It turns out Democrats hate frivolous impeachment efforts that are driven by nothing more than partisan grudges. Who knew?
"To move forward on an impeachment is very serious," said House Speaker Nancy Pelosi. "I think it has a traumatic impact on the confidence that the American people have in government, that the world has in our president, and that we are setting a precedent that we, and I believe that we shouldn’t be frivolous, and how we go forward and punishing a president whose policies we don’t approve of."
"Even if the President should be impeached, history is going to question whether or not this was just a partisan lynching or whether or not it was something that, in fact, met the standard, the very high bar that was set by the Founders as to what constituted an impeachable offense," agreed President-Elect Joe Biden.
House Judiciary Chairman Jerry Nadler was even more forceful in his opposition to such misuse of Congress' impeachment power.
"The effect of impeachment is to overturn the popular will of the voters as expressed in a national election," he said in a passionate speech on the House floor. "We must not overturn an election and remove a president from office except to defend our very system of government or our constitutional liberties against a dire threat. And we must not do so without an overwhelming consensus of the American people and of their representatives in congress of the absolute necessity.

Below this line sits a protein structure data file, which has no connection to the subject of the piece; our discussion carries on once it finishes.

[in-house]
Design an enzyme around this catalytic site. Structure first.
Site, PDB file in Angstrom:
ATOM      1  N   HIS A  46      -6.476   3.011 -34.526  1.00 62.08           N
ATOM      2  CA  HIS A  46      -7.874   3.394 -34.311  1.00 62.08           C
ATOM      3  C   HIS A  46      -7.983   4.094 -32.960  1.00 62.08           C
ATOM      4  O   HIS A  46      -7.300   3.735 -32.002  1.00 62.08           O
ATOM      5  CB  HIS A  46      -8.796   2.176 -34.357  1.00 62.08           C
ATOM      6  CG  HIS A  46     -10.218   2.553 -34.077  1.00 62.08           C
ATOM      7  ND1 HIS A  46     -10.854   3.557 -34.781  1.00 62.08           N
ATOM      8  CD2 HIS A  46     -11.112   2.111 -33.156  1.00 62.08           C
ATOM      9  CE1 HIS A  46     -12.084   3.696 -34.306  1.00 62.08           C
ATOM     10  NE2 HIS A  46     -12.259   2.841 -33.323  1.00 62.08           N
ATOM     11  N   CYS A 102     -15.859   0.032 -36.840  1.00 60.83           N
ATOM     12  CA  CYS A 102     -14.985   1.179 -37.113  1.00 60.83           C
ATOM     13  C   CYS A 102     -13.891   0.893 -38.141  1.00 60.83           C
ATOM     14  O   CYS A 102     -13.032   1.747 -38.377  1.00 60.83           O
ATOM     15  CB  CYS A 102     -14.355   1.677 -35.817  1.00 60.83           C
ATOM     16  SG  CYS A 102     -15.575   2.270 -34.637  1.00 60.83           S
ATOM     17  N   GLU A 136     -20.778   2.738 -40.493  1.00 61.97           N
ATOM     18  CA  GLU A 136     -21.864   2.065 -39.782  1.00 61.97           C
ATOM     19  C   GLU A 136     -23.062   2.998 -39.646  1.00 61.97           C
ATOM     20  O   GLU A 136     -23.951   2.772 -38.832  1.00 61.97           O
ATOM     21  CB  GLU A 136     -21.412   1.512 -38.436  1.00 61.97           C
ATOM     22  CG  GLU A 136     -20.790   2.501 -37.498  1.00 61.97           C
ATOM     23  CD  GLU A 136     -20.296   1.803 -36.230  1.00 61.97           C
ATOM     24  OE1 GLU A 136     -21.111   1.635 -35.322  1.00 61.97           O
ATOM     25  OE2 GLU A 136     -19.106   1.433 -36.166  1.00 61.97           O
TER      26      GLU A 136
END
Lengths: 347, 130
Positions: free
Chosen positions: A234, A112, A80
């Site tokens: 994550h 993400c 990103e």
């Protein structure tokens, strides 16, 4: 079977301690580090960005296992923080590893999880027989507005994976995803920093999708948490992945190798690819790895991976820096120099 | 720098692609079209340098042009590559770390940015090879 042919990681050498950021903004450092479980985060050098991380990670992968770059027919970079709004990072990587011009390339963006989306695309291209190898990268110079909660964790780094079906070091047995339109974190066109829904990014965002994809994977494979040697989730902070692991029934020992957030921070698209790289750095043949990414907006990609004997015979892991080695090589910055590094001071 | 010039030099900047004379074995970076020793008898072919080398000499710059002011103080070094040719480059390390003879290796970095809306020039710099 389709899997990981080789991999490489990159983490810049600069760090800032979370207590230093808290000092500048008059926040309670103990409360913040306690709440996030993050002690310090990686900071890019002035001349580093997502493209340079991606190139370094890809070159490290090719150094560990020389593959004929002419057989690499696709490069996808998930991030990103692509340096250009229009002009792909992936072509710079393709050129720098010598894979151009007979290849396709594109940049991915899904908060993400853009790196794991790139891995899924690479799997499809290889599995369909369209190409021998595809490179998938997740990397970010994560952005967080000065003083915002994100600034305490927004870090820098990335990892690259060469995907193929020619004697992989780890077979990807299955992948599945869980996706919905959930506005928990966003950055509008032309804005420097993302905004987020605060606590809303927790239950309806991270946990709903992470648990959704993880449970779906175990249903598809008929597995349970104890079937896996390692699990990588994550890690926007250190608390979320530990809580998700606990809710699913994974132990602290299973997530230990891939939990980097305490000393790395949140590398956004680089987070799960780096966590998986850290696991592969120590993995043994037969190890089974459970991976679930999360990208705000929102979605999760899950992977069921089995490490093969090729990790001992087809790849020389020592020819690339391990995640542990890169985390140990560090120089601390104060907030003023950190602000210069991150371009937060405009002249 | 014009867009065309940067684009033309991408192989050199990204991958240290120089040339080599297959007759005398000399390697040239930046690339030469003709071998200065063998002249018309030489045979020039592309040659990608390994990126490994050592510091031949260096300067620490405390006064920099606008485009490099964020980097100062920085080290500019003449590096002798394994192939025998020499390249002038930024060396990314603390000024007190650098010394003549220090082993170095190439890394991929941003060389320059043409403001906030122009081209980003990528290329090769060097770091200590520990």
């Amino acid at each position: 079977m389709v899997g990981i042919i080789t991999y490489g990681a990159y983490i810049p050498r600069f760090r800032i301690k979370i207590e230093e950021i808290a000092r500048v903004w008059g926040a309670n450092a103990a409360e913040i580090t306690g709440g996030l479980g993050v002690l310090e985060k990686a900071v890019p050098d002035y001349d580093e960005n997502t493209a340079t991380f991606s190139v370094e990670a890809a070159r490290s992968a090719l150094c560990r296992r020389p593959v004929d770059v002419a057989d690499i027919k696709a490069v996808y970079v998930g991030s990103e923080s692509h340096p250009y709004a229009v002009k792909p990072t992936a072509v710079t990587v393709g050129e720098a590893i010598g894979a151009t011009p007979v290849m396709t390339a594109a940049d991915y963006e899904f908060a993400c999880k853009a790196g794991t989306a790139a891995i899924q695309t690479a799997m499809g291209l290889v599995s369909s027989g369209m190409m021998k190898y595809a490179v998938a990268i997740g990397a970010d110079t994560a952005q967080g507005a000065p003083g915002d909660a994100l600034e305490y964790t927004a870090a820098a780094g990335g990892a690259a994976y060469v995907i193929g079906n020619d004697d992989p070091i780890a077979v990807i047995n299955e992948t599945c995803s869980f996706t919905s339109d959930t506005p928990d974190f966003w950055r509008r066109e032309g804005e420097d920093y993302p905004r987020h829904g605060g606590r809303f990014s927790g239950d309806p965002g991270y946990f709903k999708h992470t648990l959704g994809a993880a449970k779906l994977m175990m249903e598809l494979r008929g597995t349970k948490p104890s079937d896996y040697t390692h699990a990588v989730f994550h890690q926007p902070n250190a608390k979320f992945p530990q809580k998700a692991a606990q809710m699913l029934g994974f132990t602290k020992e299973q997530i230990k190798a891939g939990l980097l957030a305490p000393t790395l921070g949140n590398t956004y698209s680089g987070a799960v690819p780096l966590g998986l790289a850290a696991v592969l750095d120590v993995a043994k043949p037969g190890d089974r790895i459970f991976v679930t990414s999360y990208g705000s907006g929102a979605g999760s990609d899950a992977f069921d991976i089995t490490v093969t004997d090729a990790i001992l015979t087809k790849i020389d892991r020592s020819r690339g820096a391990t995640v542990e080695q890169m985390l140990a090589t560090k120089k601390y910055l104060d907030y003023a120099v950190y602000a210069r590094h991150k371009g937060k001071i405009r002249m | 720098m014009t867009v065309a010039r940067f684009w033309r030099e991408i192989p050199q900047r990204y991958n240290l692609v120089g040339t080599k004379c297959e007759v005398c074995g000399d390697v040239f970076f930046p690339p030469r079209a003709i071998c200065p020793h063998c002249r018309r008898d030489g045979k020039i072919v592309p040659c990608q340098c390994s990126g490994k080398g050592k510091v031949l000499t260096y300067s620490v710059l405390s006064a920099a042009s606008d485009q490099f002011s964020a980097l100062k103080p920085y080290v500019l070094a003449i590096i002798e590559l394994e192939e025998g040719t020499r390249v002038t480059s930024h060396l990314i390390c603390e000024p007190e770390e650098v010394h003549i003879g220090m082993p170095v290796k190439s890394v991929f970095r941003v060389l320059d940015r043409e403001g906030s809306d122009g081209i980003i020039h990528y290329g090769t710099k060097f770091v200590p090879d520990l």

"There must never be a narrowly voted impeachment or an impeachment substantially supported by one of our major political parties and largely opposed by the other. Such an impeachment would lack legitimacy, would produce divisiveness and bitterness in our politics for years to come. And will call into question the very legitimacy of our political institutions."
Congresswoman Maxine Waters was perhaps even more forceful in her language, citing America's troops serving overseas as a reason to oppose impeachment and calling such an effort a "coup d'etat against the Commander in Chief.
"Mr. Speaker and members, how must our American soldiers feel to have their commander-in-chief under attack while they are engaged in battle?" she asked. "They have the right to feel betrayed and undermined. Today, we are here in the people’s House debating the partisan impeachment of the president of the United States of America, while the commander-in-chief is managing a crisis and asking world leaders for support. This is, indeed, a...coup d’etat. Mr. Speaker and members, Americans all, the [impeaching party] will couch this extremist, radical anarchy in pious language which distorts the Constitution and the rule of law."
Why are so many prominent Democrats suddenly coming out against their frivolous, wholly unsupported impeachment push? They're not. All of these quotes were from 1998, when Republicans impeached President Bill Clinton. Then, there was actually evidence that Clinton committed high crimes and misdemeanors. Now, there is no evidence that President Trump "incited insurrection." Instead, all of the available evidence proves that his speech was protected under the First Amendment to the U.S. Constitution and thus is not punishable. In other words, Democrats' impeachment efforts today are the very height of frivolity that they decried 22 years ago.
Dan O'Donnell covered this sickening double standard in his opening monologue Wednesday. Click on the player below to listen and click here to subscribe to "The Dan O'Donnell Show" on iHeartradio!